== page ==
The concept of privacy and fungibility was a key area of focus for cryptocurrencies as well as crypto-based applications. Setting aside privacy-oriented coins like Monero [XMR], there have been certain privacy-focused applications that have made their way into the mainstream realm. A key example of the same is the Brave browser, an open source web browser based on Chromium.
Latest reports suggest that users can now earn Basic Attention Token [BAT] while browsing the Brave browser. There are 14,657 detected Brave Browser/BAT Website publishers, many of which are websites frequented by millions of people. The list includes Vimeo, The Guardian, softonic.com and the Washington Post. Some users had queries about the earn feature with one Reddit user, mogberto, asking,
“So quite a few websites I frequent are on there. Does anyone actually make a worthwhile sum from this?”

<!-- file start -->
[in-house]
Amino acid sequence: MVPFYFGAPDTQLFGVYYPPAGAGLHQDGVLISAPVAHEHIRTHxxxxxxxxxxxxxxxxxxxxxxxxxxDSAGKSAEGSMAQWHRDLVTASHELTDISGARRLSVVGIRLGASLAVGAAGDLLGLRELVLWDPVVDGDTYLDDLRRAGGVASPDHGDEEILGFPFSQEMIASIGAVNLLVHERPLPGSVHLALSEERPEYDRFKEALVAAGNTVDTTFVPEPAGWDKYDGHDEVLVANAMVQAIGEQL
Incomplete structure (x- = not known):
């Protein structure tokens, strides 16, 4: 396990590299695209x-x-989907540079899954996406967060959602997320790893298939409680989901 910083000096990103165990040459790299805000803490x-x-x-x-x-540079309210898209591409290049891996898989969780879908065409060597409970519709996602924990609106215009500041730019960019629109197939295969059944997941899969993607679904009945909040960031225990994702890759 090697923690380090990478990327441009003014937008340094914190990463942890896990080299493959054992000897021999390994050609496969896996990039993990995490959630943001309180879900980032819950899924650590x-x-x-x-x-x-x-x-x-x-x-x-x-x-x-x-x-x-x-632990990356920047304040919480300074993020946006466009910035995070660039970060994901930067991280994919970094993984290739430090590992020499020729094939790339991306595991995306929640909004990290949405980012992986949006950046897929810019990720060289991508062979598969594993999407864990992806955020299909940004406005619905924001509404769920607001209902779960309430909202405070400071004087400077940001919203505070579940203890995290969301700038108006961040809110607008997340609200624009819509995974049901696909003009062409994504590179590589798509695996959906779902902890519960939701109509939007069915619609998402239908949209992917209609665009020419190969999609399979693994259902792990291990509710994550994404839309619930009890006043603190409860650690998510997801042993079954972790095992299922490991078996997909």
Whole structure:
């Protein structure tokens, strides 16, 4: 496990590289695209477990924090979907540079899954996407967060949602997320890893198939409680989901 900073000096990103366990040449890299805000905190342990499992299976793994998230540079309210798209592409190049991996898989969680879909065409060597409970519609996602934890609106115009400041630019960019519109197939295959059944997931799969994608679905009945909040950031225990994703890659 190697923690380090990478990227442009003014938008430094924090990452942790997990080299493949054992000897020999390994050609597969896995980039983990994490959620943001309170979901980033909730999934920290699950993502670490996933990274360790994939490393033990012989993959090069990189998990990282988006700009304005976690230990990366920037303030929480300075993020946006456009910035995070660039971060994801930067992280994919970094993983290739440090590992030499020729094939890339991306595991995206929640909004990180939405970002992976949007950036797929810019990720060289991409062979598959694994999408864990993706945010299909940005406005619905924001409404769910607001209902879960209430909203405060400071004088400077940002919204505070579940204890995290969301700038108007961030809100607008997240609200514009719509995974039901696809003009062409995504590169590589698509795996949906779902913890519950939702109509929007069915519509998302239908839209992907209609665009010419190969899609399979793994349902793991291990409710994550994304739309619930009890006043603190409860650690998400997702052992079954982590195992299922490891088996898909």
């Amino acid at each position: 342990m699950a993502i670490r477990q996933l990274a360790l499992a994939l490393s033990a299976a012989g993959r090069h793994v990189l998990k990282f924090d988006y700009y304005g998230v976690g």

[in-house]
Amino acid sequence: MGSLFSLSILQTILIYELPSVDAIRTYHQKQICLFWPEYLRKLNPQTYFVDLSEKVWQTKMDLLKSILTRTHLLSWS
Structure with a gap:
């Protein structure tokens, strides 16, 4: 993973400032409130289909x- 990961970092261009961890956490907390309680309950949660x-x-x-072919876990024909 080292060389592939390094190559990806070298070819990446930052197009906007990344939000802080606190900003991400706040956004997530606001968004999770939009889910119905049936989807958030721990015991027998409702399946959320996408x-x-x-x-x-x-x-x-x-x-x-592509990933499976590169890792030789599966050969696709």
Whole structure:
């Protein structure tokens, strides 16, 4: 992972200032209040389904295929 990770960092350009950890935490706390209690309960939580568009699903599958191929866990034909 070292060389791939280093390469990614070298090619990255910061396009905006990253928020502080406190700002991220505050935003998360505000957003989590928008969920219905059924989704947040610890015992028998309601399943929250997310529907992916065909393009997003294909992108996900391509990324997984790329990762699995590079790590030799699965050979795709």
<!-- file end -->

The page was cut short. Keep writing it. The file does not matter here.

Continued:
Another Redditor replied,
“Not really since most bat contribution have largely come from ugp grants to users so far. But Brave has a ton of advertisers lined up for the ads launch. Once that’s live + 1.0 Brave, the amount of money paid for ppl to watch ads is orders of magnitude higher than what the ugp is able to sustain.”
The number of publishers using the browser also shot up over the past six months. BATgrowth.com stated that 35,000 new parties joined the browser since October, bringing the total tally to almost 60,000.
Brave Browser recently announced that the preview of ads developer channel had entered the second phase. The organization announced,
“With today’s Developer Channel update [version 0.63.4], testers on OS X, Linux and Windows x64 [with 32-bit/x86 to follow shortly] will start to see the ads they are viewing being counted [”ad notifications received”] on the Brave Rewards Settings Page [accessible through brave://rewards].”
This feature allows users to contribute BAT to all the websites visited by them.